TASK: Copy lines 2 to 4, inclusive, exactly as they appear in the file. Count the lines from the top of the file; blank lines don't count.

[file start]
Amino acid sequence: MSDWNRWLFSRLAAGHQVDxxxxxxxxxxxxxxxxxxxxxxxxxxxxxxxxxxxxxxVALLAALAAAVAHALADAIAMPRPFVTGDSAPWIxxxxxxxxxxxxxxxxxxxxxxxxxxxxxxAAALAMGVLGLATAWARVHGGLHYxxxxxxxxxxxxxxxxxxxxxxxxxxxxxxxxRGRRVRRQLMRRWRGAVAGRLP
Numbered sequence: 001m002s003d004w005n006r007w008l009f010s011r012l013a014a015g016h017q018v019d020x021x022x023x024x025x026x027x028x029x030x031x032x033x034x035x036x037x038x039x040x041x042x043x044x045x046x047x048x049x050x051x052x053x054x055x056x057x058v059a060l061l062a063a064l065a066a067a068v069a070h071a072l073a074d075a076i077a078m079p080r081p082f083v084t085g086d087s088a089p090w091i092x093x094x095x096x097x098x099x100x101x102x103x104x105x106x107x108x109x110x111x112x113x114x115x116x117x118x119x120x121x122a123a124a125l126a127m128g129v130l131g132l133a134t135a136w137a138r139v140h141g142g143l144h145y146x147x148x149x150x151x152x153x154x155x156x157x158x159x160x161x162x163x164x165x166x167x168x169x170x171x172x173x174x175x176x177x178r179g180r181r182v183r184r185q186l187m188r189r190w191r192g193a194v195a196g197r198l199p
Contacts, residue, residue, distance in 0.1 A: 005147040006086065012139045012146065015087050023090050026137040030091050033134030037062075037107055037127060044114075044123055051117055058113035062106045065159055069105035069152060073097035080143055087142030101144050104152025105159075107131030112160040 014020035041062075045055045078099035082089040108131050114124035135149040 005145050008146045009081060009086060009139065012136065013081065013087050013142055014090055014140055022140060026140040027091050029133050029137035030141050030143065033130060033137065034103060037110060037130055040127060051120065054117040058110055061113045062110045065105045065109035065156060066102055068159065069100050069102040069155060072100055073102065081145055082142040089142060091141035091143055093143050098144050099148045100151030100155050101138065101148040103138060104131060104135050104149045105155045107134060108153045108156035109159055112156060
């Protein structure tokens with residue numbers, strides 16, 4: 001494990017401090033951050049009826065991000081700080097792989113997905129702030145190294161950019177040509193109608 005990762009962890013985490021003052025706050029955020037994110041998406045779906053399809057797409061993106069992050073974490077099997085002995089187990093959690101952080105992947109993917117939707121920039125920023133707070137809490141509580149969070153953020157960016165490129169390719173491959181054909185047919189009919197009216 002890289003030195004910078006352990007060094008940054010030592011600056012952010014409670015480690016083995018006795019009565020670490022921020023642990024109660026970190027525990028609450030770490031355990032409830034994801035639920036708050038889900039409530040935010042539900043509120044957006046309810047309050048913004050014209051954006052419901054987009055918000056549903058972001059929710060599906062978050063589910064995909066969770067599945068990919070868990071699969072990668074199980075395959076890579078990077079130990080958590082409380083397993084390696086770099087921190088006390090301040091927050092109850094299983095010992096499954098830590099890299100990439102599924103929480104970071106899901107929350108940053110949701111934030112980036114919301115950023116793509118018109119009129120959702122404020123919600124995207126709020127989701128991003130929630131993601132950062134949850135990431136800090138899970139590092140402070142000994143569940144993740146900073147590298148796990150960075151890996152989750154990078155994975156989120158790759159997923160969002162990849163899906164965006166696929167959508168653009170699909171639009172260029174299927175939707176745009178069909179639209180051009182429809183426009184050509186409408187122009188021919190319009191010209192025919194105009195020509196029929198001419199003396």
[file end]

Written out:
Numbered sequence: 001m002s003d004w005n006r007w008l009f010s011r012l013a014a015g016h017q018v019d020x021x022x023x024x025x026x027x028x029x030x031x032x033x034x035x036x037x038x039x040x041x042x043x044x045x046x047x048x049x050x051x052x053x054x055x056x057x058v059a060l061l062a063a064l065a066a067a068v069a070h071a072l073a074d075a076i077a078m079p080r081p082f083v084t085g086d087s088a089p090w091i092x093x094x095x096x097x098x099x100x101x102x103x104x105x106x107x108x109x110x111x112x113x114x115x116x117x118x119x120x121x122a123a124a125l126a127m128g129v130l131g132l133a134t135a136w137a138r139v140h141g142g143l144h145y146x147x148x149x150x151x152x153x154x155x156x157x158x159x160x161x162x163x164x165x166x167x168x169x170x171x172x173x174x175x176x177x178r179g180r181r182v183r184r185q186l187m188r189r190w191r192g193a194v195a196g197r198l199p
Contacts, residue, residue, distance in 0.1 A: 005147040006086065012139045012146065015087050023090050026137040030091050033134030037062075037107055037127060044114075044123055051117055058113035062106045065159055069105035069152060073097035080143055087142030101144050104152025105159075107131030112160040 014020035041062075045055045078099035082089040108131050114124035135149040 005145050008146045009081060009086060009139065012136065013081065013087050013142055014090055014140055022140060026140040027091050029133050029137035030141050030143065033130060033137065034103060037110060037130055040127060051120065054117040058110055061113045062110045065105045065109035065156060066102055068159065069100050069102040069155060072100055073102065081145055082142040089142060091141035091143055093143050098144050099148045100151030100155050101138065101148040103138060104131060104135050104149045105155045107134060108153045108156035109159055112156060
């Protein structure tokens with residue numbers, strides 16, 4: 001494990017401090033951050049009826065991000081700080097792989113997905129702030145190294161950019177040509193109608 005990762009962890013985490021003052025706050029955020037994110041998406045779906053399809057797409061993106069992050073974490077099997085002995089187990093959690101952080105992947109993917117939707121920039125920023133707070137809490141509580149969070153953020157960016165490129169390719173491959181054909185047919189009919197009216 002890289003030195004910078006352990007060094008940054010030592011600056012952010014409670015480690016083995018006795019009565020670490022921020023642990024109660026970190027525990028609450030770490031355990032409830034994801035639920036708050038889900039409530040935010042539900043509120044957006046309810047309050048913004050014209051954006052419901054987009055918000056549903058972001059929710060599906062978050063589910064995909066969770067599945068990919070868990071699969072990668074199980075395959076890579078990077079130990080958590082409380083397993084390696086770099087921190088006390090301040091927050092109850094299983095010992096499954098830590099890299100990439102599924103929480104970071106899901107929350108940053110949701111934030112980036114919301115950023116793509118018109119009129120959702122404020123919600124995207126709020127989701128991003130929630131993601132950062134949850135990431136800090138899970139590092140402070142000994143569940144993740146900073147590298148796990150960075151890996152989750154990078155994975156989120158790759159997923160969002162990849163899906164965006166696929167959508168653009170699909171639009172260029174299927175939707176745009178069909179639209180051009182429809183426009184050509186409408187122009188021919190319009191010209192025919194105009195020509196029929198001419199003396």